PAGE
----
So something a little more heavy this week, I’m going to vent about what it’s like to have anxiety. Now some of you maybe rolling your eyes going “argh”, but the rest of you will understand, or at least try to understand.
So picture a balloon. Any colour, blue, black, pink, green. It’s like you’re a kid again, trying to blow it up with all your might, but no matter how hard you exhale it does nothing more than collect your saliva and make a fart noise. Then mum, or dad, or your older sibling blow it up for you. Yeah you got what you wanted, a plastic sack of breath, but you didn’t achieve it. You couldn’t do it. Your best wasn’t good enough, and you needed someone better to fix your problems. But in this picture, the balloon, is anxiety. Sometimes there’s a particularly hard breath that blows it up, making it expand an stretch beyond what seems possible. And other times, it just lays there, floppy and a reminder of what it can do. You can see it, you can feel it, but it’s only small. A balloon isn’t much when it’s empty. But when it’s blown up, it can pop, it can fly away, it can cause smiles, or celebration. It can do anything if you let it, just like anxiety.
Sometimes, the balloon sits inside your chest, smothering your vital organs: your heart, your lungs. And it’s expanding, but your chest is tightening, and you can’t breath. Am I having a heart attack? Has my lung collapsed? Have I broken a rib? No. Others might say “it’s all in your head”, and whilst that might be true, it’s not something we can fix easily. Anxiety is a mental illness, it’s not some light excuse to not go to work or to need time off. Anxiety is a tiny devil on your shoulder, it can make you do rash things, and it can control your thoughts. Sometimes it can even lead you to the darkest corners of your brain, with the promise that “it will be better here”. Anxiety is a monster who constantly lies, “they are watching you”, “you are a failure”, “no one would care if you left”. It’s uncontrollable, it can’t be stopped, it can only be held at bay for a little while, before something, or someone causes it to burst back in.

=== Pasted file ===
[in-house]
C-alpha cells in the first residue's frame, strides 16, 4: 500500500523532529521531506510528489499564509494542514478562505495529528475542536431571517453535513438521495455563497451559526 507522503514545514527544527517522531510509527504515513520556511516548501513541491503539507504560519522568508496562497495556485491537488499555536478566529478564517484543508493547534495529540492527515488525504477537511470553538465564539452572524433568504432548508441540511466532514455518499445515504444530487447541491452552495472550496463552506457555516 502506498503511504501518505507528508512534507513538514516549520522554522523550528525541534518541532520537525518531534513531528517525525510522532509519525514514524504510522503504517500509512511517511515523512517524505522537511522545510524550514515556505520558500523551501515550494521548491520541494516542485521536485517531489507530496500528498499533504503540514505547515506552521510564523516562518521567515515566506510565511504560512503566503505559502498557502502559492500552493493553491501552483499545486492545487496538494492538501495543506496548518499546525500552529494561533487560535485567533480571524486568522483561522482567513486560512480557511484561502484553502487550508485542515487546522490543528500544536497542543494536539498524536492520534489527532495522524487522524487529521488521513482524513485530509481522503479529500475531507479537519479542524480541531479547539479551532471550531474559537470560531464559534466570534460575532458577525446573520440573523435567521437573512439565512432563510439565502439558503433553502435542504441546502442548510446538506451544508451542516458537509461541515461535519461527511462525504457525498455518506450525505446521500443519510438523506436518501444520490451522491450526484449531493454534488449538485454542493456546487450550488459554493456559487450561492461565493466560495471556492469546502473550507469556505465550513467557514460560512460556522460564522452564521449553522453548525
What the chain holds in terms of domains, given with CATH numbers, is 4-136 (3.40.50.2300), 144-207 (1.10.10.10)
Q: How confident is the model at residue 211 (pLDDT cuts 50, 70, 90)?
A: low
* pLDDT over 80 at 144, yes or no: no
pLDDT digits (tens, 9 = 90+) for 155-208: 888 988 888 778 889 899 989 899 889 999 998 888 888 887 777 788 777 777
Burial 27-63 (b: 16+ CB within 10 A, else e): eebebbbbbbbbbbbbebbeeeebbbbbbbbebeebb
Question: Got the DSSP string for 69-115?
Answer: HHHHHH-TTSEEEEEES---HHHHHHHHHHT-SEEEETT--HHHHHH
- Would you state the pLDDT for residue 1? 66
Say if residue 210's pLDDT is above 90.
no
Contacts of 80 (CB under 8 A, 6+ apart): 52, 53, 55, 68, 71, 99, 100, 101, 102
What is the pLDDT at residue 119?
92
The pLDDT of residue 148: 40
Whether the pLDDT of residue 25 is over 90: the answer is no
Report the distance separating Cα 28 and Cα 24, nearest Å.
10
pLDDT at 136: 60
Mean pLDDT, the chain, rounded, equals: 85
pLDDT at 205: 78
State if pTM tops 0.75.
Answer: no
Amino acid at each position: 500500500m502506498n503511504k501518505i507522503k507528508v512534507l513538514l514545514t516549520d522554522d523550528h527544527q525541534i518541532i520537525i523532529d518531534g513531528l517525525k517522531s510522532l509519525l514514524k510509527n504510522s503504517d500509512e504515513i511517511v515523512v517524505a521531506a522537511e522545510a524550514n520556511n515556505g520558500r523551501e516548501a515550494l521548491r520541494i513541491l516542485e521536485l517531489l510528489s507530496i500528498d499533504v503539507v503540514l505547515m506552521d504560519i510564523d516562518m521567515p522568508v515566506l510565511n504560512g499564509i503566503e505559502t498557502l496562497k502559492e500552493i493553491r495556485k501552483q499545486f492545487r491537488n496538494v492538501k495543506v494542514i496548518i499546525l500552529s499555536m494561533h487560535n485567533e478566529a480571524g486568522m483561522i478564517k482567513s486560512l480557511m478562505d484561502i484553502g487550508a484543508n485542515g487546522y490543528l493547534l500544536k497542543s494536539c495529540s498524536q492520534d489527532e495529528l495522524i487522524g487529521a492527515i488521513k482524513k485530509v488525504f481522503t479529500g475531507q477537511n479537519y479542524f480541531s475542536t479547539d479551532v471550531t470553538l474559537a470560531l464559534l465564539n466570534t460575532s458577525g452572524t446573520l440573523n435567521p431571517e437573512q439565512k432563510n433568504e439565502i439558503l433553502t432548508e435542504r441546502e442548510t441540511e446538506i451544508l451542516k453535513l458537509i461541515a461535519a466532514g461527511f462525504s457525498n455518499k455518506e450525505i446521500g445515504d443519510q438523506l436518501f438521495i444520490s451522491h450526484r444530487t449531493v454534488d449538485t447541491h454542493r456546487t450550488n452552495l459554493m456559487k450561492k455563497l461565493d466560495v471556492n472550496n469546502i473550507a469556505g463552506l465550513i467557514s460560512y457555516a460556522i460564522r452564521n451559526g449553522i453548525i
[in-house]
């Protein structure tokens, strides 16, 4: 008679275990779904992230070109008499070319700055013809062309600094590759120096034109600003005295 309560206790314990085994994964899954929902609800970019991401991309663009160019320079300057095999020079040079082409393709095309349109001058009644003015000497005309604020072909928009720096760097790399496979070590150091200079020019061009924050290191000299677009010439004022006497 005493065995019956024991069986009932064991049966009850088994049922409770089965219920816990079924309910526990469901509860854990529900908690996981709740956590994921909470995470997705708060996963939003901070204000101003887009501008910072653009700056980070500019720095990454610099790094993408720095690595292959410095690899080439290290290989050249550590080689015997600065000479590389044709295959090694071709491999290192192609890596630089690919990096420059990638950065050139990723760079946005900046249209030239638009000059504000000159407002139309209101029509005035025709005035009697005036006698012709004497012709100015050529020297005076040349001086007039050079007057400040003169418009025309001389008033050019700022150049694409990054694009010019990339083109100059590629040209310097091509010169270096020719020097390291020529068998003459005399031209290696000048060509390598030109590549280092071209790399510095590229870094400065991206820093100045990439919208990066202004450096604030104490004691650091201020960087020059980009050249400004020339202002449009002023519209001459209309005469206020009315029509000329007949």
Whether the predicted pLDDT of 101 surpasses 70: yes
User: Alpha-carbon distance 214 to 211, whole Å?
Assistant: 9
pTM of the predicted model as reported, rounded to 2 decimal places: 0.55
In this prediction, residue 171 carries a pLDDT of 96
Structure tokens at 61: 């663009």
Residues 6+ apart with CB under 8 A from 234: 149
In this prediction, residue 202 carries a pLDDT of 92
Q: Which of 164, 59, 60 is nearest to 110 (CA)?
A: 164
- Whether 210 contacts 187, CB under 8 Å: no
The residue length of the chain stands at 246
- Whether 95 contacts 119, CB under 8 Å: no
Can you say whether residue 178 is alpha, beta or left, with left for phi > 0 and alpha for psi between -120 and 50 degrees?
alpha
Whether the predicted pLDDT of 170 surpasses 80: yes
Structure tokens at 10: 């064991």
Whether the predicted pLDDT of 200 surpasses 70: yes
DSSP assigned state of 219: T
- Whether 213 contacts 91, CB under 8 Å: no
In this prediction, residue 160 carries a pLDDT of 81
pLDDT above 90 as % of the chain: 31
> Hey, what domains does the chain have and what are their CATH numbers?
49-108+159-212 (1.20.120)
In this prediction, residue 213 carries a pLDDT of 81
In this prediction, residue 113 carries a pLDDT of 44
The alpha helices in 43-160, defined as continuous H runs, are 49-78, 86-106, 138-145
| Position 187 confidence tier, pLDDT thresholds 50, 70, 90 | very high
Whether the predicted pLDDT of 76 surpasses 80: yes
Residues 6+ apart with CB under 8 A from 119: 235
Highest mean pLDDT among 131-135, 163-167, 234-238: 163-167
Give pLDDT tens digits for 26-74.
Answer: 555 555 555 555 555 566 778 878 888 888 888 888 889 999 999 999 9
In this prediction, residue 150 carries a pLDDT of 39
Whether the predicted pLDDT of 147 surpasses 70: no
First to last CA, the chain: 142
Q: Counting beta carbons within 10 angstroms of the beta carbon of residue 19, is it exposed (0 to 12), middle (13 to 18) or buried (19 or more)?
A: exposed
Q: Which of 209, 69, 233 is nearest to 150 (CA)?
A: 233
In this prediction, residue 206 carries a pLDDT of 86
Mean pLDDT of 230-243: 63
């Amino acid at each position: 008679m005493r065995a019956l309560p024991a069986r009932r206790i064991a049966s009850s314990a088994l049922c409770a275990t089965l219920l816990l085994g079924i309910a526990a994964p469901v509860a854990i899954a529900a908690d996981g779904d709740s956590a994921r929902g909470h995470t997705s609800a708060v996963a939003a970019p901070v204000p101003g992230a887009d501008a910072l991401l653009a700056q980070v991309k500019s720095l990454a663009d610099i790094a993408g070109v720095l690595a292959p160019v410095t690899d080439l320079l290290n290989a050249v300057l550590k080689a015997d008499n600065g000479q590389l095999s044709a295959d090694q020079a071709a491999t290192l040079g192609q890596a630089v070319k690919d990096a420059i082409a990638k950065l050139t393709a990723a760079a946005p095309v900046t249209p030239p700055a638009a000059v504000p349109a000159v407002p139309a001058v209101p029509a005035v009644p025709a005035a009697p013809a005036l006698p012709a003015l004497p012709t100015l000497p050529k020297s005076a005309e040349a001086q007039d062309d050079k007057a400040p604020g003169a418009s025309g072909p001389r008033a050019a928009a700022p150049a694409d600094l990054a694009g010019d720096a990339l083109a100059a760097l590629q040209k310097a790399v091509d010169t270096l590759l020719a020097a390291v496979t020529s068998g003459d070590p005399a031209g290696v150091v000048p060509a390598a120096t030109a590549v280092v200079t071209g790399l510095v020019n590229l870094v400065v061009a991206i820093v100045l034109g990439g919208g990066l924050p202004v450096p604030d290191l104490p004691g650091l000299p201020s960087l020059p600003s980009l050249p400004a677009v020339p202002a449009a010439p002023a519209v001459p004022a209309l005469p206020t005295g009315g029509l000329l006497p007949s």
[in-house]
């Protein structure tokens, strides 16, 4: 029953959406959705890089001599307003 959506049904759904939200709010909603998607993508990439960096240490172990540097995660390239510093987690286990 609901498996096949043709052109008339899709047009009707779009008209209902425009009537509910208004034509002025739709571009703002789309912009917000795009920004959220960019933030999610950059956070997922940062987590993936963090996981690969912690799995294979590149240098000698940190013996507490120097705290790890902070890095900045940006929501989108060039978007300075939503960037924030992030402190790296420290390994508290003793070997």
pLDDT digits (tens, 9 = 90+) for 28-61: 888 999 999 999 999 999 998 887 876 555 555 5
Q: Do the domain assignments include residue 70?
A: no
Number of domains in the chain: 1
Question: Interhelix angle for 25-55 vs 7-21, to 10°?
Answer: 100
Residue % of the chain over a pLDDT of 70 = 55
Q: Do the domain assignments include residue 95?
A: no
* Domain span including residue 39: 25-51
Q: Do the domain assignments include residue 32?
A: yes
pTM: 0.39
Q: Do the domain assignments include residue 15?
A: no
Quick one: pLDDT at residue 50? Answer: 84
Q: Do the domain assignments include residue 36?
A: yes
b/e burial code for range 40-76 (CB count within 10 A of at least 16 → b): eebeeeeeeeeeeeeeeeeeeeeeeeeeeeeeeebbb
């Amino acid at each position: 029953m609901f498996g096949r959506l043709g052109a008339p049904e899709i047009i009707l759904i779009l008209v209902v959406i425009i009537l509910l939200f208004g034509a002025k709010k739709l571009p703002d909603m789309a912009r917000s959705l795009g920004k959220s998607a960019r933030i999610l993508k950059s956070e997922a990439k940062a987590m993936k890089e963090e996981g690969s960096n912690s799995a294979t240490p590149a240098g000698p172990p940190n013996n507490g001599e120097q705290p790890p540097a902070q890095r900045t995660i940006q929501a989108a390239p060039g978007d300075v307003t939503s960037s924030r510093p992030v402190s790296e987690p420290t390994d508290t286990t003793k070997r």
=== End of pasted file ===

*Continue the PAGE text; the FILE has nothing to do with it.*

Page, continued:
I’m sure you have at least a visual now of what it’s like to feel anxiety internally, but when it attacks you, when it causes you to have a physical reaction, that is when it’s the worst. When it makes you cry, and shake from head to toe. When you start hyperventilating and you feel like you’re going to vomit. Your head is pounding and you can feel your pulse in your finger tips, toes, and temple. You’re freezing, but sweating. And you can’t think straight. You can’t stop it, it just keeps ragging on until, finally, after what feels like an eternity, you catch your breath, the tears slow down and you’re left feeling light headed and exhausted. You think you might pass out, but that thought alone takes so much effort it makes your skull pound.
Anxiety isn’t a little thing that should be used lightly. It’s not an excuse, or a reason to get out of work. It’s a mental illness, and it’s crippling. Anxiety, much like depression when brought up in discussion, is often shrugged off, or awkwardly silenced because people don’t know how to handle it. Or how to act around people who are affected by it. But I’ll let you in on a secret. Don’t ignore it. Don’t let someone suffer in silence because you’re afraid it will be an awkward conversation, or will make them feel weird. Because, chances are, they are mentally begging you to ask how they are, or if their okay. It may be a mental illness, but we’re not crazy. We’re not any less of a person than you are, and we need you to understand. You’ll never know what it’s really like unless that demon sits on your shoulder, and I wouldn’t wish it on my worst enemies, but try. Try and sympathise, try and understand. Try and help, be supportive. Because you never know how someone feels. You never know their internal wars, or their everyday struggles. You never know.
Talk to you later,